By Julian Jeter-Davis, Staff Writer 6:54 PM Saturday, September 4, 2010
DAYTON — The United States Marine Corps gave Col. Gail Jennings an opportunity to excel.
And excel she did.
Jennings is one of only four black women who have the rank of colonel in the history of the U.S. Marines. This summer, Colonel Jennings retired after 34 years of service to the country.
“My Aunt Allice was a big influence on me when I was a small child,” Jennings said. “She was very business minded, and I knew I wanted to be like that. She was quite an inspiration.”
As she finished high school, Jennings began to think about the military.
“I was 17 or 18 when it first crossed my mind,” she said, “but it was not until my sophomore year in college when I got serious about it.”
Jennings is a 1973 graduate of John H. Patterson Cooperative High School and a 1977 graduate of the University of Dayton with a bachelor’s degree in education. She also was captain of the volleyball team at UD and was inducted into the UD Sports Hall of Fame in 1983.
“I learned a lot about leadership playing volleyball,” Jennings said. “It requires you to rally the team … That leadership transitioned into the military.”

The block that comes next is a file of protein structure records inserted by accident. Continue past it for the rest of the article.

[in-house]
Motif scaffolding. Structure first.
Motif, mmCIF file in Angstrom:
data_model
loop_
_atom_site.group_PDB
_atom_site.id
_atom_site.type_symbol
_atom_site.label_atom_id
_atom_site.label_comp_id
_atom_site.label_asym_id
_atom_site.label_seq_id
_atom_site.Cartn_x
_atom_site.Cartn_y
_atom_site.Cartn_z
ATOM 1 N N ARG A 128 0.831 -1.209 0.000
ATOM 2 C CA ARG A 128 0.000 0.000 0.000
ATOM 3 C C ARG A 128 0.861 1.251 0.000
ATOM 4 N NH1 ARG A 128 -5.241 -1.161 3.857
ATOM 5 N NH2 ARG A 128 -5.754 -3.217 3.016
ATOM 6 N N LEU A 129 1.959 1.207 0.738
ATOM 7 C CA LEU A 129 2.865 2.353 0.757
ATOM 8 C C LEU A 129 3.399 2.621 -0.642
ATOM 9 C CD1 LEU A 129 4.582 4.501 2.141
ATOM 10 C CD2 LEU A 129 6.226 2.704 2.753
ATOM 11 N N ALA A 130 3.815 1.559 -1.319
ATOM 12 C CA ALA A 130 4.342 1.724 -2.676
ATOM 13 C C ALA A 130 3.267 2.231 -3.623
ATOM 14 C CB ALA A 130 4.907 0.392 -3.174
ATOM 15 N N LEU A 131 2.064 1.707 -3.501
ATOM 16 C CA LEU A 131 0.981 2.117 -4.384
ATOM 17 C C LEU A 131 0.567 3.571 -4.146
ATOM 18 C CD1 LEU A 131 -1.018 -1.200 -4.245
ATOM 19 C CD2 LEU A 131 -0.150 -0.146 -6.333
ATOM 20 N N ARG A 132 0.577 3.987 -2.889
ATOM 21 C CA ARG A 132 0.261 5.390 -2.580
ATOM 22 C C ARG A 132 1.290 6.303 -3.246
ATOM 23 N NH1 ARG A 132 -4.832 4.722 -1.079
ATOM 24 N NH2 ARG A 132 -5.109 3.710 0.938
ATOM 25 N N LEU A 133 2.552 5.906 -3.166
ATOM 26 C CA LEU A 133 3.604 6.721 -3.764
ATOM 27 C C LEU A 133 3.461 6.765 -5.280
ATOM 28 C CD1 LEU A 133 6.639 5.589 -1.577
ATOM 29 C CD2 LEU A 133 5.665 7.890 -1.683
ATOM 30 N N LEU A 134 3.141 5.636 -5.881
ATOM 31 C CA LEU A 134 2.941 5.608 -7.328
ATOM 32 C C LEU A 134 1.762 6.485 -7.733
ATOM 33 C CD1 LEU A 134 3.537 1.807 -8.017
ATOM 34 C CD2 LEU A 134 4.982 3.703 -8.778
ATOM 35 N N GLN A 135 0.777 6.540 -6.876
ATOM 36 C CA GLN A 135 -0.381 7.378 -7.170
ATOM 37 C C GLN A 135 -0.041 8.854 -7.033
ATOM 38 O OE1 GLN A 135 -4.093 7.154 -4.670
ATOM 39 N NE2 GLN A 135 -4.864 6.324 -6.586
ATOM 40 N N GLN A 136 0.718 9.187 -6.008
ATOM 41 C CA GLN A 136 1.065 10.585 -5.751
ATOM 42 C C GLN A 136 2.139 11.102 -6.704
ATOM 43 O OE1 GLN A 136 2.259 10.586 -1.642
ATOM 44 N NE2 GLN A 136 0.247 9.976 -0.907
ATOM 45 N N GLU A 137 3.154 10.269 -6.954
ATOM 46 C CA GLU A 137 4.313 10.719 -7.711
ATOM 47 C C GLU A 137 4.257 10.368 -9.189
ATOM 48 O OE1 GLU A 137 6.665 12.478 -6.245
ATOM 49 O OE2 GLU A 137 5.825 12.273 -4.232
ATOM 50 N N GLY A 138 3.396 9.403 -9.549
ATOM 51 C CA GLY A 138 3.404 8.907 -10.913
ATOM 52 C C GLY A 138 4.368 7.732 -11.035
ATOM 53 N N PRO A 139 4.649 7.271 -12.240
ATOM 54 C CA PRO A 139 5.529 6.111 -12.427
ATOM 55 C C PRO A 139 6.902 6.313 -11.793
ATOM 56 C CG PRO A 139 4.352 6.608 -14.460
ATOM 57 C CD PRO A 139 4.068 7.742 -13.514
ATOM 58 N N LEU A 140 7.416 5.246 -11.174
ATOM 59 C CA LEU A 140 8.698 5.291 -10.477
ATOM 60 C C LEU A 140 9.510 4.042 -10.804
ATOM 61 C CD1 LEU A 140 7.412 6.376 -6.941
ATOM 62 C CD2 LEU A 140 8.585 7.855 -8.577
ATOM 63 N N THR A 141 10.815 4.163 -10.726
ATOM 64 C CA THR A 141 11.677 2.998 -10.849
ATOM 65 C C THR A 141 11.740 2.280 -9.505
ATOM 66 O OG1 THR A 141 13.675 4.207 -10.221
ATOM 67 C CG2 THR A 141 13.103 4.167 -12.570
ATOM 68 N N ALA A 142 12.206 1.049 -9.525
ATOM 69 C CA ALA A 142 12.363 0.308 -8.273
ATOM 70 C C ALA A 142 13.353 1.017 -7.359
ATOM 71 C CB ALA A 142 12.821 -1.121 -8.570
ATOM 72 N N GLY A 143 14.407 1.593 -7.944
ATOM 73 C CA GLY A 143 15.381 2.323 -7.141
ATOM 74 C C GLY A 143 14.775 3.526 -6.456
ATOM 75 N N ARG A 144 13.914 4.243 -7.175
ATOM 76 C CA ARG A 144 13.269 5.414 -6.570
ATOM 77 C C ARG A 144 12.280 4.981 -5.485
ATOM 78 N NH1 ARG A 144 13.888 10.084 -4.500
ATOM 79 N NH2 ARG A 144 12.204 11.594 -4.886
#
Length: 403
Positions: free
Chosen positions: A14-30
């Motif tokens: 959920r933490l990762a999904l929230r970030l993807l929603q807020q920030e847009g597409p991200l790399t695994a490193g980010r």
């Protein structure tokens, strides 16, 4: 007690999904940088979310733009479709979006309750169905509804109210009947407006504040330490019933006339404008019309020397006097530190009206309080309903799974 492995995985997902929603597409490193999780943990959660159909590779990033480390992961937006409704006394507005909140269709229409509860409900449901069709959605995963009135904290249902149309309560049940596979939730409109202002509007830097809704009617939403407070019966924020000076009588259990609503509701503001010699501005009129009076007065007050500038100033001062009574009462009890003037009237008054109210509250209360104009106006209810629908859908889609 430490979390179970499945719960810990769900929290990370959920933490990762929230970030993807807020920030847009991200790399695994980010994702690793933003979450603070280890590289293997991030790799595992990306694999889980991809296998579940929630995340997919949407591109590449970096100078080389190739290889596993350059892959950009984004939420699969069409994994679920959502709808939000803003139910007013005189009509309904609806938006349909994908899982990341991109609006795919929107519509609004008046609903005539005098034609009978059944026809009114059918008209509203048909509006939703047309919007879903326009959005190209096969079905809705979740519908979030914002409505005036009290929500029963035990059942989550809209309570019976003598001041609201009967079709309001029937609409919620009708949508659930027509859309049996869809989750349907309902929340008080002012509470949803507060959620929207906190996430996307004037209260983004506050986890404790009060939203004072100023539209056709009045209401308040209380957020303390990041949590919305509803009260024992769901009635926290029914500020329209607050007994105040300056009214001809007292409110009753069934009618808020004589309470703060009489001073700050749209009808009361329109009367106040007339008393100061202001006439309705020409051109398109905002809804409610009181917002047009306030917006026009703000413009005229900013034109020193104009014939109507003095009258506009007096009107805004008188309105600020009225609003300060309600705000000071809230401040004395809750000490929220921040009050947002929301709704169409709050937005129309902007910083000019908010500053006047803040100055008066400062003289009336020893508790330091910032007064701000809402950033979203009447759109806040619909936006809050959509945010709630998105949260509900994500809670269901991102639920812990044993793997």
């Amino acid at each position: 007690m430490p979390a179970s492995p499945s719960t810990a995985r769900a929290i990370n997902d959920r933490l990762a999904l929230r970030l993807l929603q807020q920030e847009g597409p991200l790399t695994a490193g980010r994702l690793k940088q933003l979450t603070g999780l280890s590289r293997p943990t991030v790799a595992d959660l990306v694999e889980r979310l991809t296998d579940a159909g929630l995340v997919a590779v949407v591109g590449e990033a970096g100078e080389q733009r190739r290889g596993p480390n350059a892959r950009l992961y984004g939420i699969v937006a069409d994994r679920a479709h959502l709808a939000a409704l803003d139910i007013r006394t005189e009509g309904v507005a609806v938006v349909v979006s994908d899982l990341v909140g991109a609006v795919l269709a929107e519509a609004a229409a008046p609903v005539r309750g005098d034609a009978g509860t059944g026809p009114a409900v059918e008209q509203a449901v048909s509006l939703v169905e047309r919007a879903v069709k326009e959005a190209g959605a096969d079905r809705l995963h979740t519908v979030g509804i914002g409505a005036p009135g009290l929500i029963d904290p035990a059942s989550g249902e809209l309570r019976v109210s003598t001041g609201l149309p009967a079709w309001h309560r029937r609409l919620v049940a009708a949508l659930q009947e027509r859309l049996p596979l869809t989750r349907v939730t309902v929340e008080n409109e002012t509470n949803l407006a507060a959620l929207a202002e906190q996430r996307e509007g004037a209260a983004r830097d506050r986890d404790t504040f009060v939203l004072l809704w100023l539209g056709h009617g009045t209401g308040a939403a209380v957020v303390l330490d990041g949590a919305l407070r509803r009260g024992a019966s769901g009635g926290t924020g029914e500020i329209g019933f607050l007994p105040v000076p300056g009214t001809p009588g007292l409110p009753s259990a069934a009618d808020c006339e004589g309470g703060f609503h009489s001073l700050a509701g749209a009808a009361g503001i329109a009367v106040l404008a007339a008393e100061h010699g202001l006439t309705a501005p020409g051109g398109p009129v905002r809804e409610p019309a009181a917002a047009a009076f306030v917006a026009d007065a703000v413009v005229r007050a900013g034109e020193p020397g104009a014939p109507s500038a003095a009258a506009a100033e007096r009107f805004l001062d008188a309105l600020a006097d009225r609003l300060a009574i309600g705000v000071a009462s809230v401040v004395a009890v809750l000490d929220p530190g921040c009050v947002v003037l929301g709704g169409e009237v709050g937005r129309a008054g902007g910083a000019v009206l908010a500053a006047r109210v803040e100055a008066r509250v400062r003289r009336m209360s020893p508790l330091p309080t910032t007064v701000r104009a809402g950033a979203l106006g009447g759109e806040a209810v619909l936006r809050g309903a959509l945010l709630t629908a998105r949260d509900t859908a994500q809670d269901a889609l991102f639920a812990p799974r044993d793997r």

Jennings added that UD was “one of the best developmental things in my life.”
Jennings entered the Marines after graduating college in May of 1977 as a second lieutenant…Read more Here
Col. Jennings’ inspirational message:
Happiness — that is the true measure of success. For me that was a life of service, not just to the military but to people as a whole. Be your best, share the most and wish the best for others — that will translate into a meaningful and successful life endeavor, regardless of career choice.
It is important to be goal-oriented — to have a vision and purpose to help direct your path.
Know that all things are achievable but make yourself accountable for applying the necessary drive and effort to reach your goal(s).
Know that others before you (especially women in particular) have probably traveled a similar path so don’t be afraid, too proud, etc. to tap into that wealth of knowledge and experience, some of which may be unique based on the mere fact that they are women.
Just as others are there and willing to open doors for you, be willing to give back as well. Reach back and pull up or provide a leg up for others. Where you can influence, do. There are a multitude of ordinary people who have done extraordinary things without plan or intent. Always remember “Life’s most persistent and urgent question is, “What are you doing for others?”